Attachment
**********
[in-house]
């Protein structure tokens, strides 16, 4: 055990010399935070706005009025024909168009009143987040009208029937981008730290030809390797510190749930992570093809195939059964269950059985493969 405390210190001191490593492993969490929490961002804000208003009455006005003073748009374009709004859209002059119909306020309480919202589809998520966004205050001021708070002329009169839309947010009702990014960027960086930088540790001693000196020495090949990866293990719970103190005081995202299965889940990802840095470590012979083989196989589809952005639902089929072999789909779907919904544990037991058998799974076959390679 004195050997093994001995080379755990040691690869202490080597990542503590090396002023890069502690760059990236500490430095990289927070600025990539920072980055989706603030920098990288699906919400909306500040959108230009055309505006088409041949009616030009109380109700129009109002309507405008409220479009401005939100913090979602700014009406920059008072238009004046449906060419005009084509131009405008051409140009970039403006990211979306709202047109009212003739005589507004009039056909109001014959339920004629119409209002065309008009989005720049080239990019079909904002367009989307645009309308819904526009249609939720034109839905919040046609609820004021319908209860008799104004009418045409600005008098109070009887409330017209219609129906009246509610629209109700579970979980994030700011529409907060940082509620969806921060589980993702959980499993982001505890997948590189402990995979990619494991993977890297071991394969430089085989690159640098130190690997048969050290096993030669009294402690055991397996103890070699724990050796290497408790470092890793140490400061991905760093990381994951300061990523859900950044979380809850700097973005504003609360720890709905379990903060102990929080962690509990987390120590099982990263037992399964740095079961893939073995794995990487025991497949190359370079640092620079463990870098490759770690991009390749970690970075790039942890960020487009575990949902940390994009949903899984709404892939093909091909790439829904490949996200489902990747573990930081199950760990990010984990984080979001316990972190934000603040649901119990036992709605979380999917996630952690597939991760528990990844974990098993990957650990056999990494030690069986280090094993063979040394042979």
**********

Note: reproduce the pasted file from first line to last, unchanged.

[in-house]
């Protein structure tokens, strides 16, 4: 055990010399935070706005009025024909168009009143987040009208029937981008730290030809390797510190749930992570093809195939059964269950059985493969 405390210190001191490593492993969490929490961002804000208003009455006005003073748009374009709004859209002059119909306020309480919202589809998520966004205050001021708070002329009169839309947010009702990014960027960086930088540790001693000196020495090949990866293990719970103190005081995202299965889940990802840095470590012979083989196989589809952005639902089929072999789909779907919904544990037991058998799974076959390679 004195050997093994001995080379755990040691690869202490080597990542503590090396002023890069502690760059990236500490430095990289927070600025990539920072980055989706603030920098990288699906919400909306500040959108230009055309505006088409041949009616030009109380109700129009109002309507405008409220479009401005939100913090979602700014009406920059008072238009004046449906060419005009084509131009405008051409140009970039403006990211979306709202047109009212003739005589507004009039056909109001014959339920004629119409209002065309008009989005720049080239990019079909904002367009989307645009309308819904526009249609939720034109839905919040046609609820004021319908209860008799104004009418045409600005008098109070009887409330017209219609129906009246509610629209109700579970979980994030700011529409907060940082509620969806921060589980993702959980499993982001505890997948590189402990995979990619494991993977890297071991394969430089085989690159640098130190690997048969050290096993030669009294402690055991397996103890070699724990050796290497408790470092890793140490400061991905760093990381994951300061990523859900950044979380809850700097973005504003609360720890709905379990903060102990929080962690509990987390120590099982990263037992399964740095079961893939073995794995990487025991497949190359370079640092620079463990870098490759770690991009390749970690970075790039942890960020487009575990949902940390994009949903899984709404892939093909091909790439829904490949996200489902990747573990930081199950760990990010984990984080979001316990972190934000603040649901119990036992709605979380999917996630952690597939991760528990990844974990098993990957650990056999990494030690069986280090094993063979040394042979």